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Copyright © 2001 by Harcourt, Inc. All rights reserved.10 Money Spreads (continued) n Collars u Buy stock, buy put with strike X 1, sell call with strike X 2. N S = 1, N P = 1, N C = -1. Profit equation: = S T - S 0 + Max(0,X 1 - S T ) - P 1 - Max(0,S T - X 2 ) + C 2 = X 1 - S 0 - P 1 + C 2 if S T X 1 < X 2 = X 1 - S 0 - P 1 + C 2 if S T X 1 < X 2 = S T - S 0 - P 1 + C 2 if X 1 < S T < X 2 = X 2 - S 0 - P 1 + C 2 if X 1 < X 2 S T u A common type of collar is what is often referred to as a zero-cost collar. The call strike is set such that the call premium offsets the put premium so that there is no initial outlay for the options.

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Copyright © 2001 by Harcourt, Inc. All rights reserved.11 Money Spreads (continued) n Collars (continued) F See Figure 7.5, p. 275 for AOL June 120/136.23, P 1 = $13.625, C 2 = $13.625. That is, a call strike of 136.23 generates the same premium as a put with strike of 120. This result can be obtained only by using an option pricing model and plugging in exercise prices until you find the one that makes the call premium the same as the put premium. F This will nearly always require the use of OTC options. F Maximum profit = X 2 - S 0. Minimum = X 1 - S 0. F Breakeven: S T * = S 0.

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Copyright © 2001 by Harcourt, Inc. All rights reserved.12 Money Spreads (continued) n Collars (continued) u The collar is a lot like a bull spread (compare Figure 7.5 to Figure 7.1). F The collar payoff exceeds the bull spread payoff by the difference between X 1 and the interest on X 1. F Thus, the collar is equivalent to a bull spread plus a risk-free bond paying X 1 at expiration. u For different holding periods, compute profit for range of stock prices at T 1, T 2 and T using Black-Scholes model. See Figure 7.6, p. 277.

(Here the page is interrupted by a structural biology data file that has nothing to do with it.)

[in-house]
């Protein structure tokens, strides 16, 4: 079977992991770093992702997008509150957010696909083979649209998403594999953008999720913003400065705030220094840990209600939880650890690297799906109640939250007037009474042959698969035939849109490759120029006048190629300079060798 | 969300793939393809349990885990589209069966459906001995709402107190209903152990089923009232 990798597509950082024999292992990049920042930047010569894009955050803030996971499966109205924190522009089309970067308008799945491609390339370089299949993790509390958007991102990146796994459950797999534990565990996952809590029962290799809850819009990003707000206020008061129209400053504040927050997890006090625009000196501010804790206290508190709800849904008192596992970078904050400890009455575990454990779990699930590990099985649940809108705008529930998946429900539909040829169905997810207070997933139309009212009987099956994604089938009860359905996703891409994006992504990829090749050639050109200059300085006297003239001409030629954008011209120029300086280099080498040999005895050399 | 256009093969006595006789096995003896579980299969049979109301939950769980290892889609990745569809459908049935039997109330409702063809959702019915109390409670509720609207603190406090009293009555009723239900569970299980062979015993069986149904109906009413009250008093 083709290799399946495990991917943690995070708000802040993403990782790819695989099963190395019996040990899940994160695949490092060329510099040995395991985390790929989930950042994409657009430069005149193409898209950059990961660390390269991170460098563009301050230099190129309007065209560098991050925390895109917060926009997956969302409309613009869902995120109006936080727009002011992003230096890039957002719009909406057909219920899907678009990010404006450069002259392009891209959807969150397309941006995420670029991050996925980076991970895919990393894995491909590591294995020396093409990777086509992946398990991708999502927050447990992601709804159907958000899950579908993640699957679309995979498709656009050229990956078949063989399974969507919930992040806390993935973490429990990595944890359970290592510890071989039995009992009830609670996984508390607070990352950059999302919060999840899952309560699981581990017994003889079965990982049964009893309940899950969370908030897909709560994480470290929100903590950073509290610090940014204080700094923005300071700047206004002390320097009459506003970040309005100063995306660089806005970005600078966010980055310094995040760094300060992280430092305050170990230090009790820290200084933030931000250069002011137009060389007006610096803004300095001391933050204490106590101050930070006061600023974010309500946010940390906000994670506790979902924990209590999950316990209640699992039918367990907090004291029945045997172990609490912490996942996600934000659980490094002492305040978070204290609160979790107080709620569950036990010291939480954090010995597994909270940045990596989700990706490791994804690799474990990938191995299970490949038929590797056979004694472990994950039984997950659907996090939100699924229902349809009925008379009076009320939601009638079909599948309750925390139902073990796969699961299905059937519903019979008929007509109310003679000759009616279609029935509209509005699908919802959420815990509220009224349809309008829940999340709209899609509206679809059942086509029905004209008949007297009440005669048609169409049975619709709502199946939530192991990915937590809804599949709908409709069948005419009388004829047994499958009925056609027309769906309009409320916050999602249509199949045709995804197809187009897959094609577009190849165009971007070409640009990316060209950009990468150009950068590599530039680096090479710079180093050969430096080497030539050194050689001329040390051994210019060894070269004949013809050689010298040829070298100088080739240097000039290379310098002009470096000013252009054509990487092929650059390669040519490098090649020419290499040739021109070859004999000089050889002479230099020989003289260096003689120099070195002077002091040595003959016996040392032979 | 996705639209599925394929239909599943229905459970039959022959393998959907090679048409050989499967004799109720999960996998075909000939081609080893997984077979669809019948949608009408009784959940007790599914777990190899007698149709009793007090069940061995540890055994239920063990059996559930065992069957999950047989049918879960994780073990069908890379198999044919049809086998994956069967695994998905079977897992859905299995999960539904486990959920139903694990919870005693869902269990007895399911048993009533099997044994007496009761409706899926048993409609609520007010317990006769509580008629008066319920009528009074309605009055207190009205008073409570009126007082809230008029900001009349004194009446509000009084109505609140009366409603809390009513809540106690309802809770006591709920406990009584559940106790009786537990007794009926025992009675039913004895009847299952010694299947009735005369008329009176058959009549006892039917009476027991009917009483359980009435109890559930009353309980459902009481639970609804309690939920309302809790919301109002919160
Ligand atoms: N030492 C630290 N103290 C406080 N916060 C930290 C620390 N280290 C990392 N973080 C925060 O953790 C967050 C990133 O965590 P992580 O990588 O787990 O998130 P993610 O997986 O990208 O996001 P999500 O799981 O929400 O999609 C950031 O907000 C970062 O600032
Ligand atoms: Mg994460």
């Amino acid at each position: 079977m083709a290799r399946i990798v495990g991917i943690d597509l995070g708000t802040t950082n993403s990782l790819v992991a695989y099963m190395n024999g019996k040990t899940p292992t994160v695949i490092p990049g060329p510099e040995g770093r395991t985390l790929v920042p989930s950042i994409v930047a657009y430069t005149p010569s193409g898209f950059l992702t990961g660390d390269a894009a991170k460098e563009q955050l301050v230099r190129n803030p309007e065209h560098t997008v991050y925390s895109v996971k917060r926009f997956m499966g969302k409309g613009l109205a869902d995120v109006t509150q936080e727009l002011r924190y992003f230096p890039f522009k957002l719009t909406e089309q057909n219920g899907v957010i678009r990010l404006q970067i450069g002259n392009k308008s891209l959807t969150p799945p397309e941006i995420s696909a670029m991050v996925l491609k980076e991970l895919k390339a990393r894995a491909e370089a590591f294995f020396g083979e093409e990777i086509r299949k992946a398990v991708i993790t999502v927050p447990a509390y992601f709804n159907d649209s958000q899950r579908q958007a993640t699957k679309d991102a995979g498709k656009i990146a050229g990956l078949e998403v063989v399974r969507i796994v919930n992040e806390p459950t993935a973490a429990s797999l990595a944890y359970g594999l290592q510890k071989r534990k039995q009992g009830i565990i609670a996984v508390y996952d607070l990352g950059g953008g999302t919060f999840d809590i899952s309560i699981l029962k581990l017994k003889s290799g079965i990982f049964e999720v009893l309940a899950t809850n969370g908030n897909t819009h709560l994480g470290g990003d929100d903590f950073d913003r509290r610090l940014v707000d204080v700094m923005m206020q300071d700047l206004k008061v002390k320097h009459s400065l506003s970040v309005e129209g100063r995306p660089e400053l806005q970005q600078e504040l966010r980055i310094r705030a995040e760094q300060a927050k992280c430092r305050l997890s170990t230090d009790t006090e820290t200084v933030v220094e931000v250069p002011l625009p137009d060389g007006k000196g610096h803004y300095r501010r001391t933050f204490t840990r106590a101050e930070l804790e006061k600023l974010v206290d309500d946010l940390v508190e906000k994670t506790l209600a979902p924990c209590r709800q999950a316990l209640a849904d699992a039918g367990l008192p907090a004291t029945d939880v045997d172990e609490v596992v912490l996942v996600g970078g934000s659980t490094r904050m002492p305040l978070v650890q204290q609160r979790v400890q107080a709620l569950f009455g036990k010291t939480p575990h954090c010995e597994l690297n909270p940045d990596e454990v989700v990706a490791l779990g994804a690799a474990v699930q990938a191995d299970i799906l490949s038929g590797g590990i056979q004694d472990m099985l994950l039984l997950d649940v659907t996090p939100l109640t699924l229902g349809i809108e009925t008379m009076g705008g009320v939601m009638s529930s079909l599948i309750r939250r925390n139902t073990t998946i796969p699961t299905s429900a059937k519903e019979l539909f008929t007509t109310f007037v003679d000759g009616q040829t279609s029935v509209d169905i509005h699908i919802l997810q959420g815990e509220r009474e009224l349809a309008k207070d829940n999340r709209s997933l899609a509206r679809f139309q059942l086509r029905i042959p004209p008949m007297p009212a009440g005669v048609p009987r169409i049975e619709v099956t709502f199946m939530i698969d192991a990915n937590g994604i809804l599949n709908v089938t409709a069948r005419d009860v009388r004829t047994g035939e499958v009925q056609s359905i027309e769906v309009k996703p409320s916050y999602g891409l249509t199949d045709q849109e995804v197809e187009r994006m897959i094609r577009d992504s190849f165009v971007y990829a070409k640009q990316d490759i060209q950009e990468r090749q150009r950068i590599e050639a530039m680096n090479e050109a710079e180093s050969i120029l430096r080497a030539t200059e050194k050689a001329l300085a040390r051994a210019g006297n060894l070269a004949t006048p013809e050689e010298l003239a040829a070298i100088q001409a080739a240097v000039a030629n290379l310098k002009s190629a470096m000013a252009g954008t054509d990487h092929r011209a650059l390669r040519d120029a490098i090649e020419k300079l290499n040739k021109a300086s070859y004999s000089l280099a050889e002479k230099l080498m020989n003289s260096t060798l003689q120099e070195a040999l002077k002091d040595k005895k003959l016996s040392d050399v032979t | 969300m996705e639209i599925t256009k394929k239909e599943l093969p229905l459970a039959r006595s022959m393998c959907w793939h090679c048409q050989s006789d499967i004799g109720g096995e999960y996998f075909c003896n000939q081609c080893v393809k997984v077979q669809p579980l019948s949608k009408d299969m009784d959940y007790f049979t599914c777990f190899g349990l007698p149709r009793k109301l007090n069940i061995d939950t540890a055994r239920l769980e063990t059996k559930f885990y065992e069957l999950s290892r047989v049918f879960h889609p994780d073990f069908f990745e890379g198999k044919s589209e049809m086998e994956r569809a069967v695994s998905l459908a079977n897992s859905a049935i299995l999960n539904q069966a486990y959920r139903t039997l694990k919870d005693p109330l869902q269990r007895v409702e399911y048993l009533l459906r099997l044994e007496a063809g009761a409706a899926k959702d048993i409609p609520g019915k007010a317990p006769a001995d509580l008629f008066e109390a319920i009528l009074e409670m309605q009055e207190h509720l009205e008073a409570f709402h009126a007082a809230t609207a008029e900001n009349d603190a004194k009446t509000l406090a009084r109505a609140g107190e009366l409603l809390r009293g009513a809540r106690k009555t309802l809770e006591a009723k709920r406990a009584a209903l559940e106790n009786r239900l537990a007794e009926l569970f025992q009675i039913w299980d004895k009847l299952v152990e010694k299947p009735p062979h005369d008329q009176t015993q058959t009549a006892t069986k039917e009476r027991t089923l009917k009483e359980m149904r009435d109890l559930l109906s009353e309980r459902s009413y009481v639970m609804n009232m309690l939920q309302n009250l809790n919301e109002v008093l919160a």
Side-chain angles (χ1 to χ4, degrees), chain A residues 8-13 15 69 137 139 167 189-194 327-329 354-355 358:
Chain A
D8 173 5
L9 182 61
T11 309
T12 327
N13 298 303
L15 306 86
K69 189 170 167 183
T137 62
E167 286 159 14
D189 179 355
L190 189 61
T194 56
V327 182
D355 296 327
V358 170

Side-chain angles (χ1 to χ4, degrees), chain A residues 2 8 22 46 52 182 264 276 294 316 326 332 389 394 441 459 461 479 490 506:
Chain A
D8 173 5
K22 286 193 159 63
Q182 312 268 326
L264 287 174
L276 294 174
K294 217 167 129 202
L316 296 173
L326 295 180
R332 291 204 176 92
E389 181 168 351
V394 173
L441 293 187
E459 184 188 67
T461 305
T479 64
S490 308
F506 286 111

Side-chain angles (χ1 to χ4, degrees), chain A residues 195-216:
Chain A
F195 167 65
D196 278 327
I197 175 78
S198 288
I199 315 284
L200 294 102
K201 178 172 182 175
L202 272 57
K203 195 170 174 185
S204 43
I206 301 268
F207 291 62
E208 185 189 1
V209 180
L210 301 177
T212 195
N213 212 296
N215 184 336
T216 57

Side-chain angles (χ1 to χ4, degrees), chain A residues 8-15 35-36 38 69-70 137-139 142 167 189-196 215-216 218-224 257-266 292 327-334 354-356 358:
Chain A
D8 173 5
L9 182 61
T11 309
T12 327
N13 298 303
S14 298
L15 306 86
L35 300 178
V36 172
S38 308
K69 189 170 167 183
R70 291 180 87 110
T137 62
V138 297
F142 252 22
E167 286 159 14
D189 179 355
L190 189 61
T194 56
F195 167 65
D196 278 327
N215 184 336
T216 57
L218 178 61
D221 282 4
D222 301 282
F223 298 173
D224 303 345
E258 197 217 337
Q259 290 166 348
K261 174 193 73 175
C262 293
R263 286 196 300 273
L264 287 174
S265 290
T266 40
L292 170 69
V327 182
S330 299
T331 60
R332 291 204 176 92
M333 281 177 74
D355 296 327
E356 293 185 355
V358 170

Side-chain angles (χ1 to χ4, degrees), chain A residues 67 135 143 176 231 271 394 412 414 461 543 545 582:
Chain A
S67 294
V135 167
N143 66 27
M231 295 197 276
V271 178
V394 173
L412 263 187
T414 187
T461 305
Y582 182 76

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Copyright © 2001 by Harcourt, Inc. All rights reserved.13 Money Spreads (continued) n Butterfly Spreads u Buy call with strike X 1, buy call with strike X 3, sell two calls with strike X 2. Let N 1 = 1, N 2 = -2, N 3 = 1. Profit equation: = Max(0,S T - X 1 ) - C 1 - 2Max(0,S T - X 2 ) + 2C 2 + Max(0,S T - X 3 ) - C 3 = -C 1 + 2C 2 - C 3 if S T X 1 < X 2 < X 3 = -C 1 + 2C 2 - C 3 if S T X 1 < X 2 < X 3 = S T - X 1 - C 1 + 2C 2 - C 3 if X 1 < S T X 2 < X 3 = S T - X 1 - C 1 + 2C 2 - C 3 if X 1 < S T X 2 < X 3 = -S T +2X 2 - X 1 - C 1 + 2C 2 - C 3 if X 1 < X 2 < S T X 3 = -S T +2X 2 - X 1 - C 1 + 2C 2 - C 3 if X 1 < X 2 < S T X 3 = -X 1 + 2X 2 - X 3 - C 1 + 2C 2 - C 3 if X 1 < X 2 < X 3 < S T F See Figure 7.7, p. 280 for AOL July 120/125/130, C 1 = $16.00, C 2 = $13.50, C 3 = $11.375.

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Copyright © 2001 by Harcourt, Inc. All rights reserved.14 Money Spreads (continued) n Butterfly Spreads (continued) u Maximum profit = X 2 - X 1 - C 1 + 2C 2 - C 3, minimum = -C 1 + 2C 2 - C 3 u Breakeven: S T * = X 1 + C 1 - 2C 2 + C 3 and S T * = 2X 2 - X 1 - C 1 + 2C 2 - C 3 u For different holding periods, compute profit for range of stock prices at T 1, T 2 and T using Black-Scholes model. See Figure 7.8, p. 281. u Note how time value decay affects profit for given holding period. u Note early exercise problem.

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Copyright © 2001 by Harcourt, Inc. All rights reserved.15 Calendar Spreads u Buy call with longer time to expiration, sell call with shorter time to expiration. u Note how this strategy cannot be held to expiration because there are two different expirations. u Profitability depends on volatility and time value decay. u Use Black-Scholes model to value options at end of holding period if prior to expiration. u See Figure 7.9, p. 283. u Note time value decay. See Table 7.2, p. 285 and Figure 7.10, p. 286. u Early exercise can be problem. u Can be constructed with puts as well.